Nadhim Zahawi is a member of the BIS Select Committee, the Party’s Policy Board and MP for Stratford on Avon.

On September 18th our Union was saved. Common sense beat wishful thinking. Shared bonds of history, memory and family endured.

I am deeply grateful to the patriotic Scots who voted No. My family owe this country everything. When we left Iraq it was Britain where we made our home: the world’s most successful multi-ethnic partnership, a place where belonging wasn’t about what accent you spoke with, or which football team you supported, but about what you were prepared to contribute.

If the Yes campaign had triumphed much of that would have been lost. Most nationalists fought an honourable fight, but lurking on the fringes of the independence movement there was always the nasty implication that if you cheered on England at football, if you voted Tory or were even a bit posh then you weren’t welcome in Salmond’s Scotland.

As the polls tightened, a few fearful Unionists began to question the Prime Minister’s handling of the Edinburgh Agreement. We heard that the timing was wrong, the wording of the question was wrong, and that the wrong options were on the ballot paper. Looking back, these fears were misplaced.

Take timing. Holding the referendum in late 2014 meant the No campaign got the full benefit of the jobs boom which began in 2013. The charge that ‘Westminster’ was mishandling the Scottish economy was therefore less potent than it would’ve been earlier on in the Parliament. Of course Scottish Labour were never going to campaign on the success of our economic policies, but those policies did make their job easier.

It’s equally a mistake to think that devo max should have been on the ballot paper. We never asked for this fight, but when it came we needed a decisive win to put it to bed for a generation. A clear rejection of separation could only come through a straight yes or no.

Then there’s the slightly patronising suggestion that more Scots could’ve been induced to back the Union if they were voting yes rather than no. Trying to win through verbal sleight of hand would not have done us any credit. The SNP tried rhetorical trickery, glossing over the devolved status of health policy, fudging the difference between ‘keeping the pound’ and belonging to a currency union – it didn’t work.

Nor do I buy the analysis that one poll forced a series of unnecessary concessions on further Scottish devolution. The Act of Union is not a sacred text, unchanging and immutable, but a treaty between two free peoples, based on consent. When 46 per cent of one people withdraw their consent they cannot be ignored.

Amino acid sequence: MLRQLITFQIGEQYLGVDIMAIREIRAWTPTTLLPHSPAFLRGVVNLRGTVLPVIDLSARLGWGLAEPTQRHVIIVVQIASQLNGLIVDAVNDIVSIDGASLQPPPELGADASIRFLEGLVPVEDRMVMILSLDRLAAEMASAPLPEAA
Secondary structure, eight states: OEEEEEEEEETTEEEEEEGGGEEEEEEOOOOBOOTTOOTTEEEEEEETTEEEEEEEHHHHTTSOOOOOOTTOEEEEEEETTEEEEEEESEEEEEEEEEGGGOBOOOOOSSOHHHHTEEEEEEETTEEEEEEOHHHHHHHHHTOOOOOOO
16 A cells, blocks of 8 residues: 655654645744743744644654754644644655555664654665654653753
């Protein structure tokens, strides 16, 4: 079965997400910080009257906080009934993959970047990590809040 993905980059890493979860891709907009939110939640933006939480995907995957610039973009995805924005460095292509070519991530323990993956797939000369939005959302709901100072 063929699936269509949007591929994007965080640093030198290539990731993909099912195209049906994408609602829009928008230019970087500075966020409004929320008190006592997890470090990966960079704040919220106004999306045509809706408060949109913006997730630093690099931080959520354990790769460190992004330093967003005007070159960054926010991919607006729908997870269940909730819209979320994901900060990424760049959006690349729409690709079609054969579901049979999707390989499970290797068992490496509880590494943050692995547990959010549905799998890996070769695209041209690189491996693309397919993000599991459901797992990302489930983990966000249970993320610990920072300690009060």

But nor too can the English. This debate raised profound constitutional questions about the nature of our Union, questions which have been put off for far too long. After decades of asymmetric constitutional development, England needs a fair settlement. Having seen off the nationalist threat, David Cameron has seized the initiative and is determined to deliver that settlement. We need to give him our full support.

Some are already raising questions about the timetable for reform. They forget that kicking the can down the road is exactly how we ended up with unequal treatment for England in the first place. Constitutional reform is always difficult. Compared to the latest foreign policy crisis, or the pressure to deliver jobs, it will never be seen as an immediate priority. But this can no longer justify inertia. In the economic arena we’ve shown what can be achieved if you have a plan and stick to it – we must take the same decisive approach to the English Question.

There’s a valuable debate to be had about further powers for England, Wales and Northern Ireland. Yet first and foremost, we must look at English votes for English laws. Parliament has long voted on bills which apply to England (or England and Wales) only; it’s high time we reviewed the role of MPs who don’t have a personal stake in the legislative process.

Philip Blond recently observed that only 21 of around 5000 votes since 1997 would have gone differently if Scottish MPs were excluded, arguing that West Lothian is a peripheral issue. I disagree. Several of those 21 votes were highly controversial, some had a massive impact on future policy decisions. Take the introduction of university top-up fees, or the vote on NHS foundation hospitals. Absolute numbers don’t tell us much. There is a world of difference between a technical vote on Commons procedure carried in a empty chamber on a Friday, and a vote on major public services reform.

Ed Miliband’s response to the Prime Minister’s plans has been to prevaricate, with a vague suggestion of a ‘constitutional convention’ to be held after the election. This is a naked attempt to kick the issue back into the long grass where it has long languished and we need to call Labour out on it. A party which is formally committed to fairness can’t be allowed to prop up a system which is unfair to England.

I said I’m grateful to Scottish Unionists, but I’m also grateful to the nationalists. They’ve made us think harder than we have for decades about who we are and what we stand for, about what Britain means three centuries after the Act of Union. As my colleague Alistair Burt eloquently put in an article for this website, few other countries would put the demands of democracy over their own territorial integrity. We may not have an empire but we still have a role, an example to the world of how to do politics. That same commitment to fairness and principle must now apply to the rest of the United Kingdom.